I have to ask - are you the same David King who is one of the runner ups in the Envoi International Poetry Competition? Congratulations if you are.

Fiendish said...

"these
are the alphabet
of his attempts
to touch our world from his."

The rhythm and resonance of the above lines are probably the most beautiful thing I've read this week. Today, anyway. Thanks.

Mistlethrush said...

Forgot to say that I think using art work is a good way into a difficult subject. And the lines:

He peers
at us as through
a foliage of tags,

is very evocative. Labelling can present difficult barriers. Well said

Dave King said...

Jim
I agree. I think the whole question of how we manage to communicate using a language that was developed for more pedestrian matters is really fascinating. Being confronted by someone with autism is one of the situations which throw the whole matter into relief - as does the way we strain the language to express the almost inexpressable.

Dave King said...

McGuire

I have heard of Oliver Sacks and "The Man Who Mistook His Wife for a Hat", but no, I have not read the book. I think I must now. Thanks for that and for your other comments.

Dave King said...

Mistlethrush
I have to admit that I did have qualms about the "zoo creature" analogy. I tried an alternative version, but didn't like it. I think I must look at it again. Thanks for pointing it out.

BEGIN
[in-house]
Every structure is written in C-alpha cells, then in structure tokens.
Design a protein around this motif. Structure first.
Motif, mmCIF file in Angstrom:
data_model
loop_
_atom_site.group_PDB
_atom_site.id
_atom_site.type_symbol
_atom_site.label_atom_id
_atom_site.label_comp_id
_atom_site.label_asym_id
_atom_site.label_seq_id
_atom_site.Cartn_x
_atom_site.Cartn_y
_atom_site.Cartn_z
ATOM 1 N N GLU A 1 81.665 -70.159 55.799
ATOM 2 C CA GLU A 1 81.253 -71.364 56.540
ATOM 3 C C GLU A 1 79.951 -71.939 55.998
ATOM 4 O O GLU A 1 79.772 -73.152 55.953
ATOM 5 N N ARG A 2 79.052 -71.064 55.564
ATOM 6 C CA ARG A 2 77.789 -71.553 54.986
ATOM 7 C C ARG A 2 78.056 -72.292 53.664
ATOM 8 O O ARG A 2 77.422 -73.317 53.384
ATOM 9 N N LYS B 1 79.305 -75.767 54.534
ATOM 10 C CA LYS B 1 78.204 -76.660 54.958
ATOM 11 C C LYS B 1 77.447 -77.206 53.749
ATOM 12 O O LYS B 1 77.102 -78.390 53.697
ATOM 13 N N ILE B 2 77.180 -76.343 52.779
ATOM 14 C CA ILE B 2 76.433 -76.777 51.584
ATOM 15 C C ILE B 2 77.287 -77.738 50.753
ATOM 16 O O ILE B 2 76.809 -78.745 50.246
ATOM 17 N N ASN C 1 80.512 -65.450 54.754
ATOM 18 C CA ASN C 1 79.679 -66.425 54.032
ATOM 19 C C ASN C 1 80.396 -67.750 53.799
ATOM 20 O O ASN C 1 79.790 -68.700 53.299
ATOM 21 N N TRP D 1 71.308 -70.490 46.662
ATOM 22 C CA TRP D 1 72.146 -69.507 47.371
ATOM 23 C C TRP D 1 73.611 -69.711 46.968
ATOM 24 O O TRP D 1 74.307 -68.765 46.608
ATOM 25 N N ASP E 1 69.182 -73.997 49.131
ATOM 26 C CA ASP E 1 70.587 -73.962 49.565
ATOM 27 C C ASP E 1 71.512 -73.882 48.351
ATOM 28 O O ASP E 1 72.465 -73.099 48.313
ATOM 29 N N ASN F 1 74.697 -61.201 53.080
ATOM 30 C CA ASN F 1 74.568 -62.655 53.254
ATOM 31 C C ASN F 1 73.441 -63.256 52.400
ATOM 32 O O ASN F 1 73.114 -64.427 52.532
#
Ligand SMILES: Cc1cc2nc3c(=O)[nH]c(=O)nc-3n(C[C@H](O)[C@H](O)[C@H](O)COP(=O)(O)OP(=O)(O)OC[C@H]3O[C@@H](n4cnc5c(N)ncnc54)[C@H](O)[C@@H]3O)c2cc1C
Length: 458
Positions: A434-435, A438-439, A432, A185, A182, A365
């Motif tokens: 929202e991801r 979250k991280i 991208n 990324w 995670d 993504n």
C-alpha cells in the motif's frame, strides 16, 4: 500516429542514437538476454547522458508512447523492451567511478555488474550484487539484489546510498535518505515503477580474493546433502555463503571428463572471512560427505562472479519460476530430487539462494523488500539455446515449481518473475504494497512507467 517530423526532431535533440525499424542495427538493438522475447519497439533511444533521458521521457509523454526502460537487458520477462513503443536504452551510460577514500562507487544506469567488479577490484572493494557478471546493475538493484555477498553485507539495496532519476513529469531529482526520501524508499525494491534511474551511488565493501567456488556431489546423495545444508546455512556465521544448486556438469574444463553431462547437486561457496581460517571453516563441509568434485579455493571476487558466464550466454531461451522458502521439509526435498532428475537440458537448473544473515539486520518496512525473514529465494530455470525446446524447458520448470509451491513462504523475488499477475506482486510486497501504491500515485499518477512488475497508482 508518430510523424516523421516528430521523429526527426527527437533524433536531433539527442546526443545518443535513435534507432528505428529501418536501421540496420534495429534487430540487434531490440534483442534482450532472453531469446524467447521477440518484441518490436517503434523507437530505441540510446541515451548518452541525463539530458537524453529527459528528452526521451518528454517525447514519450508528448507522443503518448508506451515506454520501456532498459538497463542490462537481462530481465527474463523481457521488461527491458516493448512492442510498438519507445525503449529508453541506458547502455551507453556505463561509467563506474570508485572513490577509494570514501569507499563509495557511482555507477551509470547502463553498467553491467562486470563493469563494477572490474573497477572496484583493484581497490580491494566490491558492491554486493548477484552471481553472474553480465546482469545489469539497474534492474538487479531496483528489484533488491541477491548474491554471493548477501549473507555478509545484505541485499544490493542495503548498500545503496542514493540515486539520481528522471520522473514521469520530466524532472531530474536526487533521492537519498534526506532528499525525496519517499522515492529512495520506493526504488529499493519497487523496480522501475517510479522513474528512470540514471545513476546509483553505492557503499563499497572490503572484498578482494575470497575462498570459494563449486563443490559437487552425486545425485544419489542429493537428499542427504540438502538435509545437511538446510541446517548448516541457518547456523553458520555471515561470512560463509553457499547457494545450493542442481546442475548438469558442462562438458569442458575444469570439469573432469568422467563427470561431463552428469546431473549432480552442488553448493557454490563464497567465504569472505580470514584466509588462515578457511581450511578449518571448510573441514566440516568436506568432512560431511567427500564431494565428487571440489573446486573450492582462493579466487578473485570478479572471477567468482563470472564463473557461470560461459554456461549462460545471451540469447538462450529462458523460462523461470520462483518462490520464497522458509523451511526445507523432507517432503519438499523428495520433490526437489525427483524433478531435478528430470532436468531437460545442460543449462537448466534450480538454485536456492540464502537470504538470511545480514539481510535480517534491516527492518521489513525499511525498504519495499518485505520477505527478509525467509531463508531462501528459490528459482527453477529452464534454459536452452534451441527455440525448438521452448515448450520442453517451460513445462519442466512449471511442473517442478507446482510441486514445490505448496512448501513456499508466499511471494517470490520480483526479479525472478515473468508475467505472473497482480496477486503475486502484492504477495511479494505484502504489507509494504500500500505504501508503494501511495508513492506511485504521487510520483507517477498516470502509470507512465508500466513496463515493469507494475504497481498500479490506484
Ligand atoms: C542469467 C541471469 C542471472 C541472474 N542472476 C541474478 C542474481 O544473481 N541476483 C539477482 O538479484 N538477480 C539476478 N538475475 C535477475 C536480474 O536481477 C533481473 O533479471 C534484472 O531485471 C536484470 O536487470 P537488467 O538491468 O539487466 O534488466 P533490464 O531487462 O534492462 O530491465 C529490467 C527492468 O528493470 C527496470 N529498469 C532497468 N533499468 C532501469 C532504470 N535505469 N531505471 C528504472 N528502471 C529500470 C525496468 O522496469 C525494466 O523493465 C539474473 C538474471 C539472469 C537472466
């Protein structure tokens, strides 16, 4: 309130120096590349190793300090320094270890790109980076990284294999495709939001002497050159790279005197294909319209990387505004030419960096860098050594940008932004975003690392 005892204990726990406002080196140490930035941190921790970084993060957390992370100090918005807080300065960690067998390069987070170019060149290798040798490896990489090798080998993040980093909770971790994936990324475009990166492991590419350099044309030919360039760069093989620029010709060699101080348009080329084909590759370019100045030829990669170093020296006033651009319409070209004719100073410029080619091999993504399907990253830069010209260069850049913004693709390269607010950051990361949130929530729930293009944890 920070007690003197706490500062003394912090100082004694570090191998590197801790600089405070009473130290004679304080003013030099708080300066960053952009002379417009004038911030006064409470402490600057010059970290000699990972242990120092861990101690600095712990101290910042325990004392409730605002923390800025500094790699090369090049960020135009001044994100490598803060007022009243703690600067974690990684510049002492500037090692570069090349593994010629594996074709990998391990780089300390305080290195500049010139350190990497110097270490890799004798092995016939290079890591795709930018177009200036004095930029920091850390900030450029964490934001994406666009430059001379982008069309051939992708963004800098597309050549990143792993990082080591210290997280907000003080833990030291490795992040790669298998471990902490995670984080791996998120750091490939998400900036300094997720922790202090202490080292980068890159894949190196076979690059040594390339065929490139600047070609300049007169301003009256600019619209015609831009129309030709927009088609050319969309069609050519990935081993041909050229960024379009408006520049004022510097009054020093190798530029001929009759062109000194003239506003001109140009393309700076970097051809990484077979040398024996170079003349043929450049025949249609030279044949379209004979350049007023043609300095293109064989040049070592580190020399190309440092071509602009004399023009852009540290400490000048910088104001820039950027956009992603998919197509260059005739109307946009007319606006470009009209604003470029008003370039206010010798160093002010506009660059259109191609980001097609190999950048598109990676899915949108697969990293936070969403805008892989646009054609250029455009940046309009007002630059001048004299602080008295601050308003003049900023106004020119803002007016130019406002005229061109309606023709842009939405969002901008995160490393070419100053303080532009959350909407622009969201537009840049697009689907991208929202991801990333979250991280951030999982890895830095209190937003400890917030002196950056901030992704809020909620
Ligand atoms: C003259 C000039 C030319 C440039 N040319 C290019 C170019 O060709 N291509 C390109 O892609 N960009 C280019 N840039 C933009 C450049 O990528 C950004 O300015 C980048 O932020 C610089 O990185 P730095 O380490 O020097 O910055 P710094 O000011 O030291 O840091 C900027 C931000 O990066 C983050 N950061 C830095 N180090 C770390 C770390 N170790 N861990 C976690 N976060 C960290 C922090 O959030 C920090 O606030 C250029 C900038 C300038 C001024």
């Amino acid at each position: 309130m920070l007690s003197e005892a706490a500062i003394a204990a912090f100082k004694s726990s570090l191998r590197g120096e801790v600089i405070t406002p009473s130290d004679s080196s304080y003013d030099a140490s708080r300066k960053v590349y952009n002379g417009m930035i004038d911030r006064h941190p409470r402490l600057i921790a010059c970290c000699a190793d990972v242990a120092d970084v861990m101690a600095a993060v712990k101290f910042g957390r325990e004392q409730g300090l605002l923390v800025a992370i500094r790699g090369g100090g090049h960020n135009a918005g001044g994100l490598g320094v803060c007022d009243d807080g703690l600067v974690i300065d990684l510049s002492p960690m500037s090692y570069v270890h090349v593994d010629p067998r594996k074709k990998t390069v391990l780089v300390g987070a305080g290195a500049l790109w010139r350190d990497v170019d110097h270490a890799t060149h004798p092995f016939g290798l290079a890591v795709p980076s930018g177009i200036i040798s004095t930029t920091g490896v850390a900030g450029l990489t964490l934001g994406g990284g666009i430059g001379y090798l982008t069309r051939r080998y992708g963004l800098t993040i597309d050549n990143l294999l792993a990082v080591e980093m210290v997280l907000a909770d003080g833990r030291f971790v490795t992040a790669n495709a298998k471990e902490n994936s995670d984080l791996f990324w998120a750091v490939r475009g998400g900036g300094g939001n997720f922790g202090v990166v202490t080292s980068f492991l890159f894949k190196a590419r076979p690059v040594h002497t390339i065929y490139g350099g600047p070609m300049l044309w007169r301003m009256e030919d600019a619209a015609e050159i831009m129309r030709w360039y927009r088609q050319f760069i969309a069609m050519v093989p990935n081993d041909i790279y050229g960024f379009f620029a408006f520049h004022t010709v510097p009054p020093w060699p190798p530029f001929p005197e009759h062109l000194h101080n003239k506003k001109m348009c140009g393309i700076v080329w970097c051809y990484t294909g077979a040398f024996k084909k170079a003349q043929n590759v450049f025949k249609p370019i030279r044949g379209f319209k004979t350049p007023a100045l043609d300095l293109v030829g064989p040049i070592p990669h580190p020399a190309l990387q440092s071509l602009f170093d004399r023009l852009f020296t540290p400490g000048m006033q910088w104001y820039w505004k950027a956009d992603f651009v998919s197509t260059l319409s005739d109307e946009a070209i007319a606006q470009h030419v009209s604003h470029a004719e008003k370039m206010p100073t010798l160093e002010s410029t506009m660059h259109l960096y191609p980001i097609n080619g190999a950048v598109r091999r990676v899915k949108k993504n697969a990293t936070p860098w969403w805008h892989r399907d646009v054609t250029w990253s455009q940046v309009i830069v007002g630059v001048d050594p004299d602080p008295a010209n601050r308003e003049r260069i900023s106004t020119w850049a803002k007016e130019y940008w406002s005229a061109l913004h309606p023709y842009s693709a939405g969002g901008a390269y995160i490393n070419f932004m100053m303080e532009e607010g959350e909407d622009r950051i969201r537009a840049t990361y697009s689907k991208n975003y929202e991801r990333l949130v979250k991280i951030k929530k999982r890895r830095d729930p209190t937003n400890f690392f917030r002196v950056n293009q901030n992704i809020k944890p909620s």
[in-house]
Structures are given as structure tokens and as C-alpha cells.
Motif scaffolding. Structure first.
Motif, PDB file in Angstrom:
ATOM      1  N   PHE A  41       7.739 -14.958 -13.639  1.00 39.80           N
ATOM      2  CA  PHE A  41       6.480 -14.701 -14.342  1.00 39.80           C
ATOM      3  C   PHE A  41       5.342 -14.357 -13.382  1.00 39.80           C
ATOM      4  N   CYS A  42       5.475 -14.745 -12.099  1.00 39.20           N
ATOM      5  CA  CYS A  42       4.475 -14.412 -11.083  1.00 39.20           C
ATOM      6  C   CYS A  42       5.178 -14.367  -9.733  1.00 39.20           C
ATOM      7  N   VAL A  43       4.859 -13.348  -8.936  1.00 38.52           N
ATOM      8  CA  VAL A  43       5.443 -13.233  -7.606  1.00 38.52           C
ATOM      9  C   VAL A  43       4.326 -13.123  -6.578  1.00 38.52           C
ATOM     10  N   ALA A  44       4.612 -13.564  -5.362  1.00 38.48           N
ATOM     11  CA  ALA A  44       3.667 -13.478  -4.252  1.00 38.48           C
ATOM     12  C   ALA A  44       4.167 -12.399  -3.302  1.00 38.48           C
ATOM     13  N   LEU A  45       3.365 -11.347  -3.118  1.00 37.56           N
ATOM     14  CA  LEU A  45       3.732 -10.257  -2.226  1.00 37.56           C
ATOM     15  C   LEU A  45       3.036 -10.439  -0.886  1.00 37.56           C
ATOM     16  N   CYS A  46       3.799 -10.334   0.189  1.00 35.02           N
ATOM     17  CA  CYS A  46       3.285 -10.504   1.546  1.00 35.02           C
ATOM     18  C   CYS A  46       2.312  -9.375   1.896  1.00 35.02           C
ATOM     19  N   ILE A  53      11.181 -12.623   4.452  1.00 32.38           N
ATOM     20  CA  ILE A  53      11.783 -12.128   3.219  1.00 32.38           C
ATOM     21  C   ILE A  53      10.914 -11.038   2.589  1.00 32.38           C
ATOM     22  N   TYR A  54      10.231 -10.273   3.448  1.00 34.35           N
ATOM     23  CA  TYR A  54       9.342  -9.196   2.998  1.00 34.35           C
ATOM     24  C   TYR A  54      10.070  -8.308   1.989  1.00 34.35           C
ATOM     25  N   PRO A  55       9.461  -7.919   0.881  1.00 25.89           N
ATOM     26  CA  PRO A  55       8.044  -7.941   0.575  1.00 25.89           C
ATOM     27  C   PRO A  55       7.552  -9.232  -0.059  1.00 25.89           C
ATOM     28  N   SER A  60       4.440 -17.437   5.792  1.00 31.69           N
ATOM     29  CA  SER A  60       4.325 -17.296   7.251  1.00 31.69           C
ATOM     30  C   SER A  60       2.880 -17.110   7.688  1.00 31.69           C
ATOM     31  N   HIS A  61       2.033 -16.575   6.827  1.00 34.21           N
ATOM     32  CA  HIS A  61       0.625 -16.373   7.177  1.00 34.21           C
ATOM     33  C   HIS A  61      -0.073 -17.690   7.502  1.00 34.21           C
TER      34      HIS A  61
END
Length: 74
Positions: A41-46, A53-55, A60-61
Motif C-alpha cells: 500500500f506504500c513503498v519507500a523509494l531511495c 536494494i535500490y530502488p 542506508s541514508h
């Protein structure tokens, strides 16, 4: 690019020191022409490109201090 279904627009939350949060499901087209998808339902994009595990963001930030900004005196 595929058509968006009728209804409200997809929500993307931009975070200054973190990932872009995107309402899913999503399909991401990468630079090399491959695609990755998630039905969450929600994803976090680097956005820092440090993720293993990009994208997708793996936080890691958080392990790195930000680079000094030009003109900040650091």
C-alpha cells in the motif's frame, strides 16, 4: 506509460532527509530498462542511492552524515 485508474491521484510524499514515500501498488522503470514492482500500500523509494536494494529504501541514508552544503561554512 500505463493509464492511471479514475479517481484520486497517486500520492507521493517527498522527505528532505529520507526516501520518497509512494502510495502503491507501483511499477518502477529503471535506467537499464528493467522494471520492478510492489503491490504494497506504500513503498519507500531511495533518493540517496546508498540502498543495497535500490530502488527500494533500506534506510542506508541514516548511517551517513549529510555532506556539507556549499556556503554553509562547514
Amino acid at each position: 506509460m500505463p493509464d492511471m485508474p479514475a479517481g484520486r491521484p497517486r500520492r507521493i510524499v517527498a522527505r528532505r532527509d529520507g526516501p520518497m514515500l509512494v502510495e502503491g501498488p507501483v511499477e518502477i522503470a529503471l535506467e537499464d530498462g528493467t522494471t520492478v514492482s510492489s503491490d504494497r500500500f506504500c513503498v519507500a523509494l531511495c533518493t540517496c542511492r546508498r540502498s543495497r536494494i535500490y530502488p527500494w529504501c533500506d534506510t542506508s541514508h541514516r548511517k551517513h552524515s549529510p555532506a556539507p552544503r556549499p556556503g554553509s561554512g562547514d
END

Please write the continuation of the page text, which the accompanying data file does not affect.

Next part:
No,'fraid not! I had not even heard of the .Envoi International Poetry Competition. Sorry to disappoint - it's a very common name!

Dave King said...

Fiendish

Thanks for that. I am very happy to settle for today!

Dave King said...

Mistlethrush

Thanks again - for the further comment.

Rachel Fox said...

I like the 'alphabet/ of his attempts' (great) and the 'foliage of tags' but am with the other commmenter about the zoo creature. It's not wrong...but it does take the poem off into different territory, in a way. Maybe 'like a prisoner' (if you're wanting to carry on with the 'paper bars'? That'll be up to you!

Dave King said...

Rachel
Yes, point taken. Thanks.

Poetikat said...

Dave - I know little of Autism, except for having worked in a classroom with a teaching assistant who was assigned to a boy born with it.
This is not an easy subject to deal with in a poem. I struggled with it on the first reading, but it started to come together for me on subsequent readings.

Now, we are apparently linking Autism with booster shots for MMR so I suppose we are responsible for this affliction. We create the problem and then use the "bars" to resolve it. We, as human beings have always reacted this way - with bars and asylums and hospital wings.

This is a truly thought-provoking piece.

Kat

P.S. Thanks for commenting on my Fall poem and for "following" me.

Dave King said...

Poetikat

There are so many ways of looking at this subject. In fact, part made by us was simply meant to refer to the fact that there is an environmental element to the condition, as well as a genetic one - probably, but it all depends on the theory you ascribe to. Hence the redraft. I thought the meaning had got a bit lost.
Much obliged to you though, for your input.

Sweet Talking Guy.. said...

Yeah, I think there's an important message here. Only in a poem could you say so much in such a short space.

Dave King said...

Sweet Talking Guy
That's probably the biggest compliment you could pay. Much thanks!